The thing about racing is that it only takes a bad turn to lead to disaster.
Perhaps you could say Toronto missing the 2018 playoffs was an anomaly. A year after finishing third in the East, Chicago crashed out of the race. Hey, even the fastest cars with the strongest engines hit the wall or dawdle too long in the pit stop. (Don’t know what to tell you guys, Orlando—y’all drove a golf cart most of the season.)
However, the standings in the East last year may not have been so different from reality. Over the past ten years, Orlando, Chicago, Toronto, New England, and Montreal have missed the playoffs over half of the time (13 total appearances over 41 attempts). Meanwhile, the top teams from last year have made the playoffs 29 times over the last 45 attempts.
I’m not saying that these six teams are a lock to make the playoffs again. I’m just saying that they have good arguments that they’ll stay competitive in 2019 and beyond. Here’s how they’ve retooled to make sure they do so.
2018 Finish Line: 6th in Eastern Conference (15-14-5), 50 pts. 49 goals for, 50 goals against.
Despite a rough start to the season, the Union went on a solid run over the last three months to sneak into the playoffs. It’s probably fair to consider 2018 an overall success—the Union blew through the Red Bulls, Chicago, and Orlando to get to the U.S. Open Cup final before losing 3-0 to Houston. However, lack of a consistent scoring threat left the team toothless—none of their scorers ranked in the Top 25 in goals. The Union wilted to close out the season, losing to NYCFC 3-1 in both the season finale and the knockout round. .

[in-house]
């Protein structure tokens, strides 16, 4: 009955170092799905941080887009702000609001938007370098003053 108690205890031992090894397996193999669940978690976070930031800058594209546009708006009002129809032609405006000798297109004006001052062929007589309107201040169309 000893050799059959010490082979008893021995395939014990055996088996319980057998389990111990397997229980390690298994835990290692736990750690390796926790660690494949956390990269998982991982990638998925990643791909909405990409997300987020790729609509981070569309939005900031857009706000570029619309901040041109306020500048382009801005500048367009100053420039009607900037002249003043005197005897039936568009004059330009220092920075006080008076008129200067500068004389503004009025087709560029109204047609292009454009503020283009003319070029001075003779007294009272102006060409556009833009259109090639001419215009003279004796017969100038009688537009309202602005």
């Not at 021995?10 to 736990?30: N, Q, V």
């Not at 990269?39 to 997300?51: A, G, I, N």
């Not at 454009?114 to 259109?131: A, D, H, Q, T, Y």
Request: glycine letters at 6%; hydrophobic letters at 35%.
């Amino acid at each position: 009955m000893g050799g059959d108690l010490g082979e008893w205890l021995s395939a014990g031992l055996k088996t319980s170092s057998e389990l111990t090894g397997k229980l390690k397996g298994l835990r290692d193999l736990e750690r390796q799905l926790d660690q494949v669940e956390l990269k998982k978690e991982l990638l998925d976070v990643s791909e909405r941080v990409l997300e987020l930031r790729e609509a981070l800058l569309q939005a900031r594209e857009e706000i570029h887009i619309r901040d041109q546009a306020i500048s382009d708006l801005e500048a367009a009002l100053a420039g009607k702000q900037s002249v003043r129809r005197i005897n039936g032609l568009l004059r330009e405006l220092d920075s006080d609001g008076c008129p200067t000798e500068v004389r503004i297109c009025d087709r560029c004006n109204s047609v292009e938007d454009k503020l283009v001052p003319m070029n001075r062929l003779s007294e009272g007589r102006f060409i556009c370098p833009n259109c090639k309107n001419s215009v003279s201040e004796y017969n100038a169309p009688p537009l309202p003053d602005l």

OUT: M Fabian Herbers, D Keegan Rosenberry, M Borek Dockal
IN: F Sergio Santos, D Kai Wagner, M Marco Fabian
Sneaking into the playoffs may not sound like a big step, but the 2018 version of the Union was arguably their best team yet, scoring the highest number of wins (15) and points (50) in their nine-year existence. The promotion of goalkeeper Matt Freese and midfielder Brenden Aaronsen means the Union now have seven homegrown players on their roster. The midfield appeared to be a question mark, but the signing of Mexican international Marco Fabian may be the biggest DP splash in team history. The addition of Sergio Santos also provides a third scoring threat that the Union couldn’t get from David Accam last year.
On paper, this is the most improved team in the East. On paper. Philly already had one of the stronger USL squads
2018 Finish Line: 5th in Eastern Conference (14-11-9), 51 pts. 43 goals for, 45 goals against.
Ownership issues? What, me worry?
Despite a season of attendance worries and threats to split for Austin, the Crew exceeded expectations to make the playoffs. Yes, their 43 goals scored tied them with Orlando for second-lowest in the league, but their trade for Gyasi Zardes paid back in spades (20 goals in 2018 after 15 in the previous three seasons). The Crew almost shocked the Red Bulls in the playoffs, beating New York 1-0 at home before losing 3-0 on the away leg.
OUT: M Cristian Martinez, M Mike Grella, GK Zack Steffen (July 2019)
IN: GK Joe Bendik, M Robinho Barbosa, D Waylon Francis, F J.J. Williams
While not much movement has taken place within the roster, the largest movement was obviously within the front office and coaching staff. Gregg Berhalter departs to coach the U.S. national men’s team, and Caleb Porter moves